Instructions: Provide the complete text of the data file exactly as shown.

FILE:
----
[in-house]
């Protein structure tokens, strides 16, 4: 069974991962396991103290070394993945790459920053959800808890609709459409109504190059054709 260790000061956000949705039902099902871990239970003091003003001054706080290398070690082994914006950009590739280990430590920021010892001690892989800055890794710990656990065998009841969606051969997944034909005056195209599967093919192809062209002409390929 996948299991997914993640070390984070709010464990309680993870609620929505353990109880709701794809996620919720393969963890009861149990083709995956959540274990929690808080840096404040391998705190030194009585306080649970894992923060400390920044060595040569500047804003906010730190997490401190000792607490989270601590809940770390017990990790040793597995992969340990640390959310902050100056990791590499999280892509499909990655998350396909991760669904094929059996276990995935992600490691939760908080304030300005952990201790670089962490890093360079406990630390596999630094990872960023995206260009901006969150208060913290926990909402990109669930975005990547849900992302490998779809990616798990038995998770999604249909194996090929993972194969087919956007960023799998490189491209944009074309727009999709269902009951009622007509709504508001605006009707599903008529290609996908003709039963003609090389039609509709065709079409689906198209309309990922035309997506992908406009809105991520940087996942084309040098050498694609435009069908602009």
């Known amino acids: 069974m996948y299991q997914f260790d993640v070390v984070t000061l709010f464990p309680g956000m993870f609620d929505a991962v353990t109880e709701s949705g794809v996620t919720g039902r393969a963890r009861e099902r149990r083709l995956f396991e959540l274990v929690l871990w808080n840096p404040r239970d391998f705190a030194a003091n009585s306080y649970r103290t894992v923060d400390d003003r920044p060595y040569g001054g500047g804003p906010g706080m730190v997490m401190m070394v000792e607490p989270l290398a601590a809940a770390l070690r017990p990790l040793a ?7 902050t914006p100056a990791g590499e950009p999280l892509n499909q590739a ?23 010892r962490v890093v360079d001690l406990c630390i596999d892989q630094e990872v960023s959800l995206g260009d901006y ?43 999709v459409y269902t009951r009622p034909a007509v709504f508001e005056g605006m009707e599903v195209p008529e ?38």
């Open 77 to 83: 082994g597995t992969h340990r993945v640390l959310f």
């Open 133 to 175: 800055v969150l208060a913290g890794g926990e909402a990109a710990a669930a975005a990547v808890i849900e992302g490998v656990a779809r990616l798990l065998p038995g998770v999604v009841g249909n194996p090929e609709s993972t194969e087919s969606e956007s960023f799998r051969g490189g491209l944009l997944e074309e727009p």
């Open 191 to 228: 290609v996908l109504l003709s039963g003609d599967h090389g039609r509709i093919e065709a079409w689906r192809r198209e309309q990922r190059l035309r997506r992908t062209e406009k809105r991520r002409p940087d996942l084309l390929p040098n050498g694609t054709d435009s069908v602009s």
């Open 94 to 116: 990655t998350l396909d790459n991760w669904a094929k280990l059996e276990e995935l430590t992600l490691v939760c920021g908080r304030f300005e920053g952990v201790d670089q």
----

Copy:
[in-house]
């Protein structure tokens, strides 16, 4: 069974991962396991103290070394993945790459920053959800808890609709459409109504190059054709 260790000061956000949705039902099902871990239970003091003003001054706080290398070690082994914006950009590739280990430590920021010892001690892989800055890794710990656990065998009841969606051969997944034909005056195209599967093919192809062209002409390929 996948299991997914993640070390984070709010464990309680993870609620929505353990109880709701794809996620919720393969963890009861149990083709995956959540274990929690808080840096404040391998705190030194009585306080649970894992923060400390920044060595040569500047804003906010730190997490401190000792607490989270601590809940770390017990990790040793597995992969340990640390959310902050100056990791590499999280892509499909990655998350396909991760669904094929059996276990995935992600490691939760908080304030300005952990201790670089962490890093360079406990630390596999630094990872960023995206260009901006969150208060913290926990909402990109669930975005990547849900992302490998779809990616798990038995998770999604249909194996090929993972194969087919956007960023799998490189491209944009074309727009999709269902009951009622007509709504508001605006009707599903008529290609996908003709039963003609090389039609509709065709079409689906198209309309990922035309997506992908406009809105991520940087996942084309040098050498694609435009069908602009």
């Known amino acids: 069974m996948y299991q997914f260790d993640v070390v984070t000061l709010f464990p309680g956000m993870f609620d929505a991962v353990t109880e709701s949705g794809v996620t919720g039902r393969a963890r009861e099902r149990r083709l995956f396991e959540l274990v929690l871990w808080n840096p404040r239970d391998f705190a030194a003091n009585s306080y649970r103290t894992v923060d400390d003003r920044p060595y040569g001054g500047g804003p906010g706080m730190v997490m401190m070394v000792e607490p989270l290398a601590a809940a770390l070690r017990p990790l040793a ?7 902050t914006p100056a990791g590499e950009p999280l892509n499909q590739a ?23 010892r962490v890093v360079d001690l406990c630390i596999d892989q630094e990872v960023s959800l995206g260009d901006y ?43 999709v459409y269902t009951r009622p034909a007509v709504f508001e005056g605006m009707e599903v195209p008529e ?38």
């Open 77 to 83: 082994g597995t992969h340990r993945v640390l959310f």
């Open 133 to 175: 800055v969150l208060a913290g890794g926990e909402a990109a710990a669930a975005a990547v808890i849900e992302g490998v656990a779809r990616l798990l065998p038995g998770v999604v009841g249909n194996p090929e609709s993972t194969e087919s969606e956007s960023f799998r051969g490189g491209l944009l997944e074309e727009p």
């Open 191 to 228: 290609v996908l109504l003709s039963g003609d599967h090389g039609r509709i093919e065709a079409w689906r192809r198209e309309q990922r190059l035309r997506r992908t062209e406009k809105r991520r002409p940087d996942l084309l390929p040098n050498g694609t054709d435009s069908v602009s």
């Open 94 to 116: 990655t998350l396909d790459n991760w669904a094929k280990l059996e276990e995935l430590t992600l490691v939760c920021g908080r304030f300005e920053g952990v201790d670089q």